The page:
From Rosa Parks to the ‘Walmart Four’
by Will Wilkinson
It was a real Rosa Parks moment on January 13 in Layton, Utah, when Walmart staff caught a convicted felon shoplifting a Netbook. They escorted him into an office where he pulled a gun, cocked it, and charged towards them. The four longtime Layton branch employees (Lori Poulsen, Justin Richins, Shawn Ray, and Gabriel Stewart), acting instinctively, disarmed him before he could barge back into the customer area. The investigating police officer reported that they acted in the “best interest and safety” of everyone around them.
A week later, Walmart dispatched a representative trained to handle situations like this with their well-known sensitivity. “You’re fired,” she told them.
Walmart fired them for violating rule AP-09 that prescribes company policy for what to do if someone brandishes a weapon in their store, namely that “all associates must disengage from the situation, withdraw to a safe position, and contact law enforcement.” Interesting to imagine how one could “disengage” from a cocked pistol pressed into your ribs.
I wonder what the headlines might have been if the “Walmart Four” had obeyed AP-09? I can just hear a mother thanking them. “You did the right thing. My daughter is dead, shot by that man you released, but it’s far more important that you obeyed the rules.”
Fifty-five years ago, on December 1, 1955, Rosa Parks broke the rules. She refused to give up her bus seat to a white man in Montgomery, Alabama. We all know that she became an icon of resistance to racial discrimination. But we may not also know that she too was fired, from her job as a seamstress.
Clearly, we slaves get punished for disobeying the rules. Some rules are insane, like in Idaho where it’s illegal to give a box of candy as a romantic gift unless it weighs more than 50 pounds. Some are perverse, like in Afghanistan, where Article 132 reads: “As long as the husband is not traveling, he has the right to have sexual intercourse with his wife every fourth night.” Others, like AP-09, have obvious value – but only if they are interpreted and applied appropriately in the heat of the moment.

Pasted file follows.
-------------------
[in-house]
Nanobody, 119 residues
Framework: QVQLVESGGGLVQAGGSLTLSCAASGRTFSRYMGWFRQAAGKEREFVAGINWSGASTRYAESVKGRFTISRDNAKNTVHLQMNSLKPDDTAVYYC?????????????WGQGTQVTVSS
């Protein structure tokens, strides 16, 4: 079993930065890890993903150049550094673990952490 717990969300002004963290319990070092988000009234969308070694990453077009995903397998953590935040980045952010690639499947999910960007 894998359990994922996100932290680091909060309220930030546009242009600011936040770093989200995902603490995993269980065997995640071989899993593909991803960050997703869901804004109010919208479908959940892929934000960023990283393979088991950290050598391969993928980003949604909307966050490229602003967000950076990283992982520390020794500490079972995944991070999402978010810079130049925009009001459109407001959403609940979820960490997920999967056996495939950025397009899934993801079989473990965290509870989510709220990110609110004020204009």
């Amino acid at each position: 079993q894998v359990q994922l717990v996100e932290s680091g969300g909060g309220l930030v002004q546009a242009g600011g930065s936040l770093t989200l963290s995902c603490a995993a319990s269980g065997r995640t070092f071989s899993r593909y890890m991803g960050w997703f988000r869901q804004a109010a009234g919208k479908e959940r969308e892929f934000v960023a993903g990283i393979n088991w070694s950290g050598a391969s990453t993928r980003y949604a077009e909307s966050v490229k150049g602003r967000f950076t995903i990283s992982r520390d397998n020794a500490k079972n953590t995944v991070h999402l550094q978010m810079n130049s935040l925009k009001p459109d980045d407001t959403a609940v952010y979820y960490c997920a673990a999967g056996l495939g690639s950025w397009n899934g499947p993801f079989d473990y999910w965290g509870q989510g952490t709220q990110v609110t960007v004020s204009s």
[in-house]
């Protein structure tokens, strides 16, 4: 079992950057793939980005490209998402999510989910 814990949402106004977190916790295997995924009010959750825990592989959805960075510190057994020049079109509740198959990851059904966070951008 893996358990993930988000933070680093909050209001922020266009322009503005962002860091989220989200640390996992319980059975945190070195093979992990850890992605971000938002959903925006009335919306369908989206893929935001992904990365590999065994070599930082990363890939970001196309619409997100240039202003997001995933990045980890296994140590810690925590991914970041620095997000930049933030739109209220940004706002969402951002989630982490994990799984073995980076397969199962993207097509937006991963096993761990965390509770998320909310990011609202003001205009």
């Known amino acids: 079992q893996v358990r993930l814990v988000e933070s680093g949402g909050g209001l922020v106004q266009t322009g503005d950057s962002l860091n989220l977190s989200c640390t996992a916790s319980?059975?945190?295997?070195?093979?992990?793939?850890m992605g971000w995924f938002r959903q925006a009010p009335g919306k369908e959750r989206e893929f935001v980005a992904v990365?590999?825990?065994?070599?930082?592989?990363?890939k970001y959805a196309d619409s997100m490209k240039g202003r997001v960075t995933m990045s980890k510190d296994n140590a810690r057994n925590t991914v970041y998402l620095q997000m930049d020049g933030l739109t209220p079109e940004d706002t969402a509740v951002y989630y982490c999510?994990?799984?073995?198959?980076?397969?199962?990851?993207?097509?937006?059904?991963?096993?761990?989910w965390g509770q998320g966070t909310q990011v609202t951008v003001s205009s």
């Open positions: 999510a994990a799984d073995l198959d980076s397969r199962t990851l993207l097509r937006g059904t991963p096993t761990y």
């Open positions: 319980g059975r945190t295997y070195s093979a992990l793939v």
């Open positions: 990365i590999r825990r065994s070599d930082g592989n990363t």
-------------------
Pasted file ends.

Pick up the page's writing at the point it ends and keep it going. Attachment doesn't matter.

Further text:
These four heroes did just that, and may have saved lives. They deserved a parade. Instead, they got fired by a corporation worried about lawsuits. Instead of enjoying the well-earned appreciation of their employer and neighbors, these four are now struggling to pay bills. Meanwhile – just as one “for instance” of the financial inequity in our country – Tracy McGrady, an NBA basketball player, was apparently paid 35 million dollars last year for playing 23 games. That’s one and a half million dollars per game. “Hey Tracy, how about donating a game to the Walmart Four?” That could cover their lost salaries – all four of them – for 10 to 12 years, depending on how much over minimum wage Walmart used to pay them. I chose an athlete as an example because I believe they have more of a conscience than many Wall Street bankers and CEOs who “earn” even more.
Heroes help people, like the Walmart Four did. Rosa Parks helped millions through her similarly simple, heroic action. It sparked the Montgomery Bus Boycott, which ended after eleven months with a U.S. Supreme Court decision that outlawed segregation on buses. I wonder, what might this Walmart incident lead to?
“Walmart – where heroes go to get fired.” Now, there’s a t-shirt. Can anyone who knows this story ever feel safe in a Walmart again? “Attention Walmart shoppers. If you have a gun, we will not stop you from robbing us. Everyone else? Rule AP-09 forbids our staff from protecting you. Have a nice day.”
Walmart is currently fighting a gender discrimination class action suit in the Supreme Court that could include as many as 1.5 million current and former female employees. Walmart has complained that this potential plaintiff base “is larger than the active-duty personnel in the Army, Navy, Air Force, Marines, and Coast Guard combined.” What they are saying is that they are too big to be held accountable. Well, are they?
“Walmart: heroes need not apply.” There’s another t-shirt. Heroes don’t need no stinking applications. Heroes do what needs to be done and that may include breaking the rules, or even challenging personal beliefs, fears, or cowardice. Each of us is given a certain number of Walmart moments, bus moments, those “seize the day” opportunities, during our lifetimes. And heroes are self-made by their choices, like the Walmart Four just were.
So, the next time one of those moments shows up, here’s a heroic mantra: “Screw AP-09. Someone needs my help.” Yet another t-shirt. Wear it as you walk past Walmart, the place you used to shop but never will again. Say, if a few hundred thousand of us did that… In other words, pass it on.
Imagine a day when that same mother – whose daughter wasn’t shot on January 13 because of these currently-unemployed heroes – drives by the store, now shuttered, and tells her kid, “That’s where they fired those heroes. It’s not in business any more. None of them are.” What if we decided that there just isn’t room in our communities for businesses that value rules and profits over lives?
Speaking of simple heroic acts, why not help these folks feed their kids? It would take all of five minutes to mail them a few bucks. Send it to The Walmart Four, c/o General Delivery, 1123 N Fairfield Rd, Layton, UT, 84041. Make your check out to one of them or each of them. Maybe even put “thank you” on the subject line. I think they’ve earned someone’s gratitude and respect.
I wonder what Rosa Parks would do today? More important, what will I do, and what will you do, today?
Will Wilkinson has just completed collaborating on Forgiving The Unforgivable, a book that recounts how survivors of the 2008 Mumbai terrorist attack forgave their attackers. He lives in Ashland, Oregon, and can be reached at: [email protected].